As is the case every year, the arrival of warm, sunny days is synonymous with an uptick in the number of reports to the Quebec Marine Mammal Emergency Response Network call centre.
In this early part of the season, it is mainly cases of young seals on the beaches that have been keeping the Network team busy. In fact, the months of May and June correspond to pupping season for harbour seals. During this period, the mother seal leaves to feed for a few hours and must therefore temporarily abandon her offspring, also called a pup, on the beach. These young solitary seals worry many residents who come face to face with them on the shores. Their concern is not surprising since pups are particularly adorable with their endearing faces and their whimpers that sometimes sound like a crying baby. When the call centre receives a report of a lone baby seal, the officer informs the witness that this is a normal situation and that in order to protect the pups, passers-by should leave them be so that they can rest without stress. When a young seal is in a high-traffic area, the Network can count on the support of its volunteers to travel to the site and put up informative posters and educate the public.
Entangled whales have also been keeping the Network and its partners on their toes since the start of the season. Indeed, the commercial fishing season increases the risk of whales getting themselves ensnared in ropes and other gear. Every year, between 3 and 20 cases of whales trapped in fishing gear are reported in Quebec. Teams specializing in disentanglement analyze each and every case reported to Marine Mammal Emergencies.
… and carcasses
In addition to helping vulnerable marine mammals, the Network is also tasked with collecting scientific data from whale and seal carcasses. Network volunteers take photos and measurements of the carcasses to identify the species and sex. In some cases, they may also collect samples, which are then analyzed by experts to study the causes of mortality, in addition to being used in various research projects. The carcass monitoring program is essential for research on species at risk such as the St. Lawrence beluga.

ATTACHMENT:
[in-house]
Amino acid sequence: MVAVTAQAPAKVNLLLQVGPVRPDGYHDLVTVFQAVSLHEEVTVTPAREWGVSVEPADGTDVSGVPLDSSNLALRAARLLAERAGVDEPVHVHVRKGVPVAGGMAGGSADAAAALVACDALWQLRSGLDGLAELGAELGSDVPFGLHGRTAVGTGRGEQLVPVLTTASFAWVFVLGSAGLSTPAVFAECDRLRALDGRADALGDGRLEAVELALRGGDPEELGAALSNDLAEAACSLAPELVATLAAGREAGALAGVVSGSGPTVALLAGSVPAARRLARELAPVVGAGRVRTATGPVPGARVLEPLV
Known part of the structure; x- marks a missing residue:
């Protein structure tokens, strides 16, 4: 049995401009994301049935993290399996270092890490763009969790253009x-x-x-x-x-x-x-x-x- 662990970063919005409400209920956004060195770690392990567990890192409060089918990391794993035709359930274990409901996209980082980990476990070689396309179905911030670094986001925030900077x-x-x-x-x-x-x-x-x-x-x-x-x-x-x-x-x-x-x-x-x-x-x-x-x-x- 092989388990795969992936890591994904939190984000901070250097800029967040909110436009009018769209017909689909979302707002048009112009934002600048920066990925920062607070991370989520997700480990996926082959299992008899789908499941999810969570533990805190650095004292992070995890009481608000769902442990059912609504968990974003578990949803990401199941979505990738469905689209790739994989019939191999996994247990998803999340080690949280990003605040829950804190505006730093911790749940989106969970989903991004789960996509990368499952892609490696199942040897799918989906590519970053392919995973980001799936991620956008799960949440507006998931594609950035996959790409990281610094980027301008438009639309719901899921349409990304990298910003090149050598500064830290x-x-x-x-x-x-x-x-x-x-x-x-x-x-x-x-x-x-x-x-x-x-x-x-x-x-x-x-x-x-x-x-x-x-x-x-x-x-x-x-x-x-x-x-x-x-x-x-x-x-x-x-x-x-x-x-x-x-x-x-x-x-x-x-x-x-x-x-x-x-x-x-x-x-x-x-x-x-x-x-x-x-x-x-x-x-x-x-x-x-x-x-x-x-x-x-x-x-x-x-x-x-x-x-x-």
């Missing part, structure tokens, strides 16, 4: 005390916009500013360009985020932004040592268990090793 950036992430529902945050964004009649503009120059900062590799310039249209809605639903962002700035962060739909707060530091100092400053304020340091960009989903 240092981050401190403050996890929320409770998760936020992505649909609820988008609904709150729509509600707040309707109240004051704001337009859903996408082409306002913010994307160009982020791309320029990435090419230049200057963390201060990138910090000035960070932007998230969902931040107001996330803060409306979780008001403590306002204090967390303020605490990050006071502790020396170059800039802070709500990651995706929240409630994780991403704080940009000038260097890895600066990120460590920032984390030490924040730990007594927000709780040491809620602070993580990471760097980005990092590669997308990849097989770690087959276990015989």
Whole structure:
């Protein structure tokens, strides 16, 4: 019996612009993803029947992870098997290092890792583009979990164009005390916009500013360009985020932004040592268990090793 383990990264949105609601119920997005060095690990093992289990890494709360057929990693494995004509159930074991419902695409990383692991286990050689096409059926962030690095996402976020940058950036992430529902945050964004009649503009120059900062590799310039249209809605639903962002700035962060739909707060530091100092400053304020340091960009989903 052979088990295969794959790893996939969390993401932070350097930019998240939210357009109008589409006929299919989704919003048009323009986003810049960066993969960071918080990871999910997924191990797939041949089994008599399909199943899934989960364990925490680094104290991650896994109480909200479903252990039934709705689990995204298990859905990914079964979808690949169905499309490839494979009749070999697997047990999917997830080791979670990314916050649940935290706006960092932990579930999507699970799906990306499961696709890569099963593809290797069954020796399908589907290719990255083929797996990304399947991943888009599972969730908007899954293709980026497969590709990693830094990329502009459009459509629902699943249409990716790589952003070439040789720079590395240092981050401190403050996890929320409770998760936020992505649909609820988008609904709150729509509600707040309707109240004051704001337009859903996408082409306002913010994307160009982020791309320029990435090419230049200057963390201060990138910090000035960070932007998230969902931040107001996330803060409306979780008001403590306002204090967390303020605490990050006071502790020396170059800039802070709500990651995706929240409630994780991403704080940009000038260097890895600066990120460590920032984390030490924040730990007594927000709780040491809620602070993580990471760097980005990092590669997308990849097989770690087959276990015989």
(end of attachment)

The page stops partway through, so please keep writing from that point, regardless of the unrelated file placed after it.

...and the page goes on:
Since the end of last summer, the Quebec Marine Mammal Emergency Response Network has had a mobile team at its disposal. Complementary to the network of volunteers, the mobile team makes it easier to better document carcasses in remote or difficult-to-access regions.
For example, in late May, residents in the Magdalen Islands reported a dolphin carcass to Marine Mammal Emergencies, which ultimately turned out to be a harbour porpoise. When a volunteer arrives, he discovers a fetus sticking halfway out of the whale’s genital slit: she likely died of a calving complication called obstructed labour, also known as dystocia. The following day, the mobile team recovers the porpoise and freezes it in order to stop the decomposition process until it can be transported to the laboratories of Université de Montréal’s Faculty of Veterinary Medicine for analysis. By studying the carcass, specialists at the Centre québécois sur la santé des animaux sauvages will try to learn more about the animal and its death.
When should you call 1-877-722-5346?
- If you see a stranded whale, whether alive or dead
- If you see a whale or seal carcass
- If you see a whale entangled in fishing gear
- If you see an injured whale or seal in the water or on shore
- If you see a whale or seal being harassed or disturbed by people
- If you see a whale or seal outside its usual range
Before attempting any intervention, contact 1-877-722-5346. A poorly executed intervention can have serious consequences for the animal and/or the responder. The person handling your call will ask you questions to try and identify the species and get a better understanding of the situation. He or she may ask you to send any photos you might have. Following your call, the Network, together with veterinary experts and partner organizations, will establish an action plan tailored to the situation.